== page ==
Great Western asserts Interstate could have drafted the exception to read, “ ‘This exclusion does not apply ․ to apportion liability between Insureds only when any Insured has been sued by a third party for a covered loss.’ ” Perhaps that would promote clarity, but “ ‘․ the fact that language could be more explicit does not render it ambiguous.’ ” (California Casualty Ins. Co. v. Northland Ins. Co. (1996) 48 Cal.App.4th 1682, 1694, 56 Cal.Rptr.2d 434.)
Alternatively, Great Western submits that even if we find the exception to the cross-suits exclusion inapplicable, we should interpret the policy in favor of coverage. Great Western asserts the CGL policy is ambiguous because it covered Great Western's indemnity liability to Roel under the subcontract, but then abrogated the coverage under the cross-suits exclusion.2 Great Western points out that the subcontract required it to indemnify Roel against any “claims” for property damage, and no third party “suit” against Roel was required to trigger the indemnity clause.
We are, however, interpreting the CGL policy's coverage provisions, which is an entirely separate contract from the subcontract. (See American Casualty Co. v. General Star Indemnity Co. (2005) 125 Cal.App.4th 1510, 1524, 24 Cal.Rptr.3d 34.) The policy's insuring provision requires a third party suit to trigger the defense duty, and under the exception to the cross-suits exclusion, an indemnity action between insureds would trigger the defense duty only when the plaintiff had been sued by a third party. The policy language controls, not the subcontract language. (Ibid.) Ambiguity exists “when an insurance policy provision is susceptible to two or more constructions that are reasonable and not based on strained interpretations.” (Shell Oil Co. v. Winterthur Swiss Ins. Co. (1993) 12 Cal.App.4th 715, 737, 15 Cal.Rptr.2d 815.) The policy is not reasonably susceptible to the interpretation that no third party suit was required to trigger the duties of defense and indemnity. Rather, the policy requires that a third party lawsuit fix the amount of damages to which its insured is legally liable. Further, given the policy language, we disagree that Great Western reasonably expected contractual coverage without any underlying third party suit having been filed against Roel.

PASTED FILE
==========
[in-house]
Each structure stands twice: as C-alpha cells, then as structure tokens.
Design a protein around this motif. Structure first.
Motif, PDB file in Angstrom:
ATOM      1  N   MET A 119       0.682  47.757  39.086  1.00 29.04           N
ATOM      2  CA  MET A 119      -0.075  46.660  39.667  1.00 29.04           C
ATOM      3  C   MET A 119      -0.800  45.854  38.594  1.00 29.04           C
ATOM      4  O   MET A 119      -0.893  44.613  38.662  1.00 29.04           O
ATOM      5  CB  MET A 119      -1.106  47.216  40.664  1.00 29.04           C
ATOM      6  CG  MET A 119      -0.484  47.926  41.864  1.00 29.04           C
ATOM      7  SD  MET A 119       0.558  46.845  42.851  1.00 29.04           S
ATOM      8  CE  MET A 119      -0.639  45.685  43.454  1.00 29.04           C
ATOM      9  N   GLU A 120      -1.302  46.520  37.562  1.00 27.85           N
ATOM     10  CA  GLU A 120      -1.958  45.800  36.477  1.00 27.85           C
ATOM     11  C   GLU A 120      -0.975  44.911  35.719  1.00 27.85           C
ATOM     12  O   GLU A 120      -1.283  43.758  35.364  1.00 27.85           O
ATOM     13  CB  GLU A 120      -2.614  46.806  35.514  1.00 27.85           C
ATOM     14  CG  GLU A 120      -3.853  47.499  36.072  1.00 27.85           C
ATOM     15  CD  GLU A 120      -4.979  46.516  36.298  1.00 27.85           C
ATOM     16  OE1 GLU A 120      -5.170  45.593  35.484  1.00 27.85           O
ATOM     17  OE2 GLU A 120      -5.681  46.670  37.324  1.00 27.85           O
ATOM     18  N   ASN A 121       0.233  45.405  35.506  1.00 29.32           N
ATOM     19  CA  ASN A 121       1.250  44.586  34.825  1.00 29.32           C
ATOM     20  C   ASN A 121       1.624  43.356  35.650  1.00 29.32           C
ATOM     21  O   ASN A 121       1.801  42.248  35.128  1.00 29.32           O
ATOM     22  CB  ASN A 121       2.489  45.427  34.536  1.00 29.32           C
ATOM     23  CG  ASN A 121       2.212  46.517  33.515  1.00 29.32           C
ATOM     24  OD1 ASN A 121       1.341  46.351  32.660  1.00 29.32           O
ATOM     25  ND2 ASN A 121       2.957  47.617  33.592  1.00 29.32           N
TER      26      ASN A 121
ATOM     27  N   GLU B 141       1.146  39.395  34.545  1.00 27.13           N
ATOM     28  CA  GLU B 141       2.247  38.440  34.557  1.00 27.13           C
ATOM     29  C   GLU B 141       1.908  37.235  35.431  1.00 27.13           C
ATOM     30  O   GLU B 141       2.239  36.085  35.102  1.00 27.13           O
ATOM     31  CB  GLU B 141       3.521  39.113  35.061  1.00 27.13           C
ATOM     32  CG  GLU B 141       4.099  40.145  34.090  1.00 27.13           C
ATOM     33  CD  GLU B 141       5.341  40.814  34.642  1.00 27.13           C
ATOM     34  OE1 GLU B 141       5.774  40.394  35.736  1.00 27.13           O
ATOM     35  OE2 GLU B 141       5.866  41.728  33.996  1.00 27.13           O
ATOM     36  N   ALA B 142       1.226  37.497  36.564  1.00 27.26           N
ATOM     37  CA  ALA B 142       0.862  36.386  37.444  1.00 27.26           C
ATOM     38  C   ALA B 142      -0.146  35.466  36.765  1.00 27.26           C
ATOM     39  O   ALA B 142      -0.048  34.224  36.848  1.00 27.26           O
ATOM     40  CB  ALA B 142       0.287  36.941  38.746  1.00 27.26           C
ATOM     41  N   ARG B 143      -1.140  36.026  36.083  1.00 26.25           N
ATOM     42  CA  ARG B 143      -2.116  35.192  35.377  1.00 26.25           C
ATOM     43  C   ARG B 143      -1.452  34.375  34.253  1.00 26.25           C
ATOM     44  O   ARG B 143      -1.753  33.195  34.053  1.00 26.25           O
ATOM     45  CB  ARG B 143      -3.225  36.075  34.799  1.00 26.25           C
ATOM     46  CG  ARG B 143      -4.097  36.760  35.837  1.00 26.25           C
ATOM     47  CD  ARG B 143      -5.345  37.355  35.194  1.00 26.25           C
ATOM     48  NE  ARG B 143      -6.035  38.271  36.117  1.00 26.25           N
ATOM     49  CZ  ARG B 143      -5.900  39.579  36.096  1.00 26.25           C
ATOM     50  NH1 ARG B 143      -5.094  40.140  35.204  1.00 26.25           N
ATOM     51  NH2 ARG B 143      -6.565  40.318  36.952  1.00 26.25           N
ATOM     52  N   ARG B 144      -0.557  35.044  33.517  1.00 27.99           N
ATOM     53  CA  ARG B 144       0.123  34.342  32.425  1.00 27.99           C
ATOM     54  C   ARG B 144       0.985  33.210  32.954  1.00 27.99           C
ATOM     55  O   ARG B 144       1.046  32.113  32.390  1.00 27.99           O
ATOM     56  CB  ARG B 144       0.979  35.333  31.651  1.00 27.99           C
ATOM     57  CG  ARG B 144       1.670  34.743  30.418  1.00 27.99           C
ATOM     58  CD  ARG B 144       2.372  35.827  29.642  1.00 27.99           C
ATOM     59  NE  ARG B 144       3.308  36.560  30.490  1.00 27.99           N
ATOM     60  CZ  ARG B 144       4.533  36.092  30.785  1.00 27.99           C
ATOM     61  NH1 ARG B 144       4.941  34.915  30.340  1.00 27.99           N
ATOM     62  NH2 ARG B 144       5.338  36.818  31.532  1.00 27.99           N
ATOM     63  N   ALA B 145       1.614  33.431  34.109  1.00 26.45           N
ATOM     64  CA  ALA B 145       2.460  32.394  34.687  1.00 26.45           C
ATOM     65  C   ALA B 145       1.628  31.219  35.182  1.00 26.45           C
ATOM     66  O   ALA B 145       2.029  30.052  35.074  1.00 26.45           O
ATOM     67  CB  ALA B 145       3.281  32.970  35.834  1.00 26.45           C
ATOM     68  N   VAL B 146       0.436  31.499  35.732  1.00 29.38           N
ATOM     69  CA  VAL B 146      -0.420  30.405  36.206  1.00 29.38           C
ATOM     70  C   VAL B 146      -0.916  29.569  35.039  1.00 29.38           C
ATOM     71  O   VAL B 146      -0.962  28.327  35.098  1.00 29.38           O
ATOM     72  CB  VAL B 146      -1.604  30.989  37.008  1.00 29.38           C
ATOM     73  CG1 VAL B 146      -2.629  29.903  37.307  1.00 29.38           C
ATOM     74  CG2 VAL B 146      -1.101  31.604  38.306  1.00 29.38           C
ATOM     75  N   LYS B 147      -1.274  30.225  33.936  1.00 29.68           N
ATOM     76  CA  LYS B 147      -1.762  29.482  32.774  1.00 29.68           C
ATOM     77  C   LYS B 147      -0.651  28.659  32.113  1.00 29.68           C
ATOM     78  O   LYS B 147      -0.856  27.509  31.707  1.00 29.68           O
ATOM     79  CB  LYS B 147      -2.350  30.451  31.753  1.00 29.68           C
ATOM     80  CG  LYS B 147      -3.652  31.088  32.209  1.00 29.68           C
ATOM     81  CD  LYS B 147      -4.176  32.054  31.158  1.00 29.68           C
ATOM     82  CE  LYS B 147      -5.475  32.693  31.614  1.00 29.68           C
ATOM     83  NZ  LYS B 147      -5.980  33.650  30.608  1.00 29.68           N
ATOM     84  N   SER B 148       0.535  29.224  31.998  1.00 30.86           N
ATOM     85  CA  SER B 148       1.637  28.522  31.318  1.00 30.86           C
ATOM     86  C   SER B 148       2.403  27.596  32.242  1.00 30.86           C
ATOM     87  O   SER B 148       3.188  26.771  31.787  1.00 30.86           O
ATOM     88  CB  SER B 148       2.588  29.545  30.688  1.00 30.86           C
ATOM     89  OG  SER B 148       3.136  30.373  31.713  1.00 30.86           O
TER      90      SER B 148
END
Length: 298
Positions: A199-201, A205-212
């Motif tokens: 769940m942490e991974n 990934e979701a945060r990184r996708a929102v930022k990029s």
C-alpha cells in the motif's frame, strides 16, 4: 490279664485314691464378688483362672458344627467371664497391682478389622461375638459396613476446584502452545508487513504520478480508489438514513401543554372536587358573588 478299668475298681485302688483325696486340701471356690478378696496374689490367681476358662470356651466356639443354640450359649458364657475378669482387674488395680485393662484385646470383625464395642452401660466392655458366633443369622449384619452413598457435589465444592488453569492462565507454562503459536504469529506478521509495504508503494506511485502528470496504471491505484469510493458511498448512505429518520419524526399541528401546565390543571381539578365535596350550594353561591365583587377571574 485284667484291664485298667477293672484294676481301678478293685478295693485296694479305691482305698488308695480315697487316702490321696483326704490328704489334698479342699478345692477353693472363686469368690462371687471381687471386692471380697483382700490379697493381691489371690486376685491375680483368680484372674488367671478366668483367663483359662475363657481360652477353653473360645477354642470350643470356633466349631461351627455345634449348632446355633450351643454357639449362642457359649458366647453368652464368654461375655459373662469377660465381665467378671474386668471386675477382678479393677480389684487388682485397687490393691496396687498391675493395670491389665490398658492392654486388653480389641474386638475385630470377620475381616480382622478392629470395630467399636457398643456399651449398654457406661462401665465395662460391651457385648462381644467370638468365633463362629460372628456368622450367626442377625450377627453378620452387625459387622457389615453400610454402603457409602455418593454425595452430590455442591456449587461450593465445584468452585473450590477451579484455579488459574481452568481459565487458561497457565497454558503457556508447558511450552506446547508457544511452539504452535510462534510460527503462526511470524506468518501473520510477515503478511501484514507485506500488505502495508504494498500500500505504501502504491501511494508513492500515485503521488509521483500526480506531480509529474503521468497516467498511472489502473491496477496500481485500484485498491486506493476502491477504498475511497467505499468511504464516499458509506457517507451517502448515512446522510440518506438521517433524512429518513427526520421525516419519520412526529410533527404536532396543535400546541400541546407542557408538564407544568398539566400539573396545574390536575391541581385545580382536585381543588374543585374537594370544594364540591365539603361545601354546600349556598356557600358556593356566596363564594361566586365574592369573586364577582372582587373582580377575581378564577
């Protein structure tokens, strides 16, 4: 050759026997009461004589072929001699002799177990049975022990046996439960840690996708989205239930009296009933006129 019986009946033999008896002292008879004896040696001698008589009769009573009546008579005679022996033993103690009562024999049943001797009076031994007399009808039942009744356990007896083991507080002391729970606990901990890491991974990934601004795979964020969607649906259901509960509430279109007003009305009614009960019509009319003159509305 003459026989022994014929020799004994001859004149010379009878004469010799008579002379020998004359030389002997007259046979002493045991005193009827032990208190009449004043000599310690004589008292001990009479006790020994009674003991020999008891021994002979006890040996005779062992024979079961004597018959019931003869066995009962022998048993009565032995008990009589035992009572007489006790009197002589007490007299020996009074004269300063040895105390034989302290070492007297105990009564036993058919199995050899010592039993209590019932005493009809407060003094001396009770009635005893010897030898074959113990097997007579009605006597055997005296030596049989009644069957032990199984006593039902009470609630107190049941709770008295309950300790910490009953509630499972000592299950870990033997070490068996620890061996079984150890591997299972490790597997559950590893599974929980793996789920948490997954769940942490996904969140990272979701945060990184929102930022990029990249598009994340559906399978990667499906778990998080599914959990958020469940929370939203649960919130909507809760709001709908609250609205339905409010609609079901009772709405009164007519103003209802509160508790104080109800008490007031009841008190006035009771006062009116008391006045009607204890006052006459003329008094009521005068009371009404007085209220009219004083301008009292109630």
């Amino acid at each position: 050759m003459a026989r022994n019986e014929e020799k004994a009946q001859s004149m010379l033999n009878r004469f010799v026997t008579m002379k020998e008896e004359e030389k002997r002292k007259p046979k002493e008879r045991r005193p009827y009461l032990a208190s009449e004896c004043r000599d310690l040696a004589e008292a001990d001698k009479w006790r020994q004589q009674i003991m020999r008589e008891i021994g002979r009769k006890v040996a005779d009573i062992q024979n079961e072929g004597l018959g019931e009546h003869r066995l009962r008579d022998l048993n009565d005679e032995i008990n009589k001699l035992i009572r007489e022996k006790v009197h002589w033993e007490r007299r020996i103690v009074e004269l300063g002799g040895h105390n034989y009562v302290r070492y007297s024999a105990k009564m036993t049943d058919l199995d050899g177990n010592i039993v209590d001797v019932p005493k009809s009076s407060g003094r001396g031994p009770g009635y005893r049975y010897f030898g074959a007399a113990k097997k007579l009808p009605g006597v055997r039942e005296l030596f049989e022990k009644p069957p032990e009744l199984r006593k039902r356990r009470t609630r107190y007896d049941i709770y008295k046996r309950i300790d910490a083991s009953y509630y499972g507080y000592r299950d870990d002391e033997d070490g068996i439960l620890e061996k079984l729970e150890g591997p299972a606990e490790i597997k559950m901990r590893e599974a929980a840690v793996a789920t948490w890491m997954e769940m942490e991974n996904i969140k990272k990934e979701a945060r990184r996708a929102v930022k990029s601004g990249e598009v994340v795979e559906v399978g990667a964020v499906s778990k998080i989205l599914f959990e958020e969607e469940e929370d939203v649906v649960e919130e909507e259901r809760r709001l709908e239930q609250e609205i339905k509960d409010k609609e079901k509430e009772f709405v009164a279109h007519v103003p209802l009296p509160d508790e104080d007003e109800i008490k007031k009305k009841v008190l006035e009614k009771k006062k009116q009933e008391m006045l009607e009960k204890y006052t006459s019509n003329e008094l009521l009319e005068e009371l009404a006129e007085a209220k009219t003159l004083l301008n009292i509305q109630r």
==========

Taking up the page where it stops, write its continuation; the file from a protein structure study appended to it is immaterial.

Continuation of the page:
Great Western further submits that since it had no control over Roel's decision to voluntarily repair third party property damage to avoid a lawsuit, the denial of coverage for Roel's claims against it renders the GCL policy illusory. We cannot, however, ignore the cross-suits exclusion or the inapplicability of the exception thereto. “ ‘[W]e do not rewrite any provision of any contract, [including an insurance policy], for any purpose.’ ” (Rosen v. State Farm General Ins. Co. (2003) 30 Cal.4th 1070, 1073, 135 Cal.Rptr.2d 361, 70 P.3d 351, citing Certain Underwriters at Lloyd's of London v. Superior Court (2001) 24 Cal.4th 945, 968, 103 Cal.Rptr.2d 672, 16 P.3d 94.)
Because the CGL policy afforded no coverage for Great Western for the claims set forth in Roel's cross-complaint, and thus did not trigger the defense duty, as a matter of law Interstate cannot be liable for breach of contract or breach of the implied covenant of good faith and fair dealing. Accordingly, summary judgment for Interstate was proper.
The judgment is affirmed. Interstate is entitled to costs on appeal.
1. Without citing any particular page of the opinion, Great Western relies on Foster-Gardner, Inc. v. National Union Fire Ins. Co. (1998) 18 Cal.4th 857, 77 Cal.Rptr.2d 107, 959 P.2d 265 (Foster-Gardner ), for the proposition that “a lawsuit filed against an insured qualifies for coverage” under a general liability policy. Foster-Gardner is unhelpful because it does not concern apportionment, a cross-suits exclusion or an exception thereto. The court there held “a reasonable construction of the word ‘suit’ is a lawsuit” by a third party (id. at p. 879, 77 Cal.Rptr.2d 107, 959 P.2d 265), and the duty of defense is not triggered unless a suit is filed. (Id. at p. 882, 77 Cal.Rptr.2d 107, 959 P.2d 265.)
2. We asked the parties for supplemental briefing on this issue, and we have taken their responses into consideration.
WE CONCUR: NARES and IRION, JJ.